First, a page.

However, in the French-speaking world, not only does the book as an object retain a specific status, which differentiates it from a simple object of everyday consumption, but the price of the digital book is regulated there (including in Switzerland), preventing its wide distribution through discounted prices. Its use value is ridiculously low.

Read also: At Pascal Vandenberghe, the appetite comes when reading

Another striking sign: the central role of books in recent social transformations. From Vanessa Springora to Camille Kouchner, these are books that have provoked awareness. What does this inspire you?

This has always been the case since the book has been in existence. It is because it was born at the same time as the printing press that the Reformation was able to spread quickly and widely from the 16th century. Books are the oldest medium for disseminating ideas – long before even Gutenberg and the invention of the printing press. It is a perfect observatory of the evolution of the mores of a society: it reflects its questions, is the place of revolts and demands of all kinds.

Unlike the law, which follows the evolution of society and its needs with a delay, the book reveals it and precedes or accompanies it. This is undeniably one of its strengths.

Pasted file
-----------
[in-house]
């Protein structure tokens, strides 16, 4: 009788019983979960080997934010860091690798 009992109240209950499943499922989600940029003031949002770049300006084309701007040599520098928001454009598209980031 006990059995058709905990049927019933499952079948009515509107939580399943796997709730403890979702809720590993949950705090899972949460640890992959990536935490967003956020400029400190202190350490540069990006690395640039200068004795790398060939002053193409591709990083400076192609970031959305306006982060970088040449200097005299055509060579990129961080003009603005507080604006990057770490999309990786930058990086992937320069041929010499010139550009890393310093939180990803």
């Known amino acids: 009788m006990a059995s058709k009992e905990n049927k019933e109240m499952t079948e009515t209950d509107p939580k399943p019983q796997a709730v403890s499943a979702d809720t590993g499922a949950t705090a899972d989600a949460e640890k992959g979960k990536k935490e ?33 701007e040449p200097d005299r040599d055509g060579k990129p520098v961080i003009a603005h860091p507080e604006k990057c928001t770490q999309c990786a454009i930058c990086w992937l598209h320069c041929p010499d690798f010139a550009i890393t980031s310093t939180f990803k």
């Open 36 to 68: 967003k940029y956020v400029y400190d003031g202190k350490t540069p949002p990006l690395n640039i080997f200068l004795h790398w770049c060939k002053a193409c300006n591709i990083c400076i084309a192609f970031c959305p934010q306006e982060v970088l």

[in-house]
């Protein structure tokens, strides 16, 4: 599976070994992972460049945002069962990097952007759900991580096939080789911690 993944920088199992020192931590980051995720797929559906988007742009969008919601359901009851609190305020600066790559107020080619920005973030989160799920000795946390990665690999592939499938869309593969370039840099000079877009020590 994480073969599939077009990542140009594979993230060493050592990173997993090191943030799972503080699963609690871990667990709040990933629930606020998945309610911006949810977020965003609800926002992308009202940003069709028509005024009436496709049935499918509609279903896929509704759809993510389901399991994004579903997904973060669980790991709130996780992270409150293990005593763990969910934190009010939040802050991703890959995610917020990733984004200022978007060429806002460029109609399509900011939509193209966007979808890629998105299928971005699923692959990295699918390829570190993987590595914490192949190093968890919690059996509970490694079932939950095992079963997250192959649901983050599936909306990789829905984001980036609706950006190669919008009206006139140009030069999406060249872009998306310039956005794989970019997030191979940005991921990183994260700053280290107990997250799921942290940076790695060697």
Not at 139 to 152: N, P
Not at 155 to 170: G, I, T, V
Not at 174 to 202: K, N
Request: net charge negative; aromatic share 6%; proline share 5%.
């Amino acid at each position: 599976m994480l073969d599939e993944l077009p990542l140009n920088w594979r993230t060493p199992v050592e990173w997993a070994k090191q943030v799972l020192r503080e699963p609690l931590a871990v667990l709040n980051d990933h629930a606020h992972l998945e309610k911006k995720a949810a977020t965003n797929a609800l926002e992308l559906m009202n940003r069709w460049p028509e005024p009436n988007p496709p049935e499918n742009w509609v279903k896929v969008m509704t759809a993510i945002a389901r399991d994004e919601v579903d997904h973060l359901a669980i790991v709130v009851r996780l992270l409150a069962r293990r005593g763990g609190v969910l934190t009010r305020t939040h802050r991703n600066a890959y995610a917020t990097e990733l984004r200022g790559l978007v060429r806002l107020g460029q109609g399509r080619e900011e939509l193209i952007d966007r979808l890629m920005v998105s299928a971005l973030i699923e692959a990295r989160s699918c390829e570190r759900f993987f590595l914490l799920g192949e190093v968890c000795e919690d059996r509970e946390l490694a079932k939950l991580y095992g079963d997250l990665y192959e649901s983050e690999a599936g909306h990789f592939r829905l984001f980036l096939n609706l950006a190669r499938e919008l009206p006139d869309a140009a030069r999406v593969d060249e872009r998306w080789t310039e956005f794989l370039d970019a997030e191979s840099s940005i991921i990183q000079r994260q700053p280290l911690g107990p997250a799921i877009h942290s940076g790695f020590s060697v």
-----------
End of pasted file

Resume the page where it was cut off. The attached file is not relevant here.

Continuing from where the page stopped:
The book is a perfect observatory of the evolution of the mores of a society: it reflects its questions, is the site of revolts and all kinds of demands.

The book even appeals to young YouTubers and Instagrammers, who are authors of printed books and attract crowds to bookstores. What does the book have that other media doesn’t?

Whether you are a politician, an athlete, an artist or other “people”, the “supreme recognition” goes again and again through the book. The stars of social media do not escape this obligatory step, which is in fact a kind of consecration.

Can we say that the appearance of the paperback in the 1950s was ultimately a much bigger revolution than digital?

The paperback was the main step in the democratization of books and reading: by its low prices, it allowed all layers of society to become readers, which the large format prohibited for people with modest incomes. In this sense, it was a real revolution.

The digital book is an additional format, useful for certain uses, but it does not generate a significant increase in the number of readers. If it is revolutionary, it is only on the technological level. But technology, whatever it is, is only a means, not an end in itself. All the studies show it: for the readers, in their great majority, the paper book remains “the” reference, for multiple reasons.

When you opened Payot Rive Gauche in Geneva in 2015, some Cassandras were surprised at your optimism about the insolent success of online commerce. Six years later, is Amazon still a threat or has the tide turned?

Selling online in itself is not necessarily wrong. It is the way in which it is practiced that can be: if the rules of competition are not respected, as is the case with Amazon, whether on the social, fiscal or environmental level, then we have a real concern.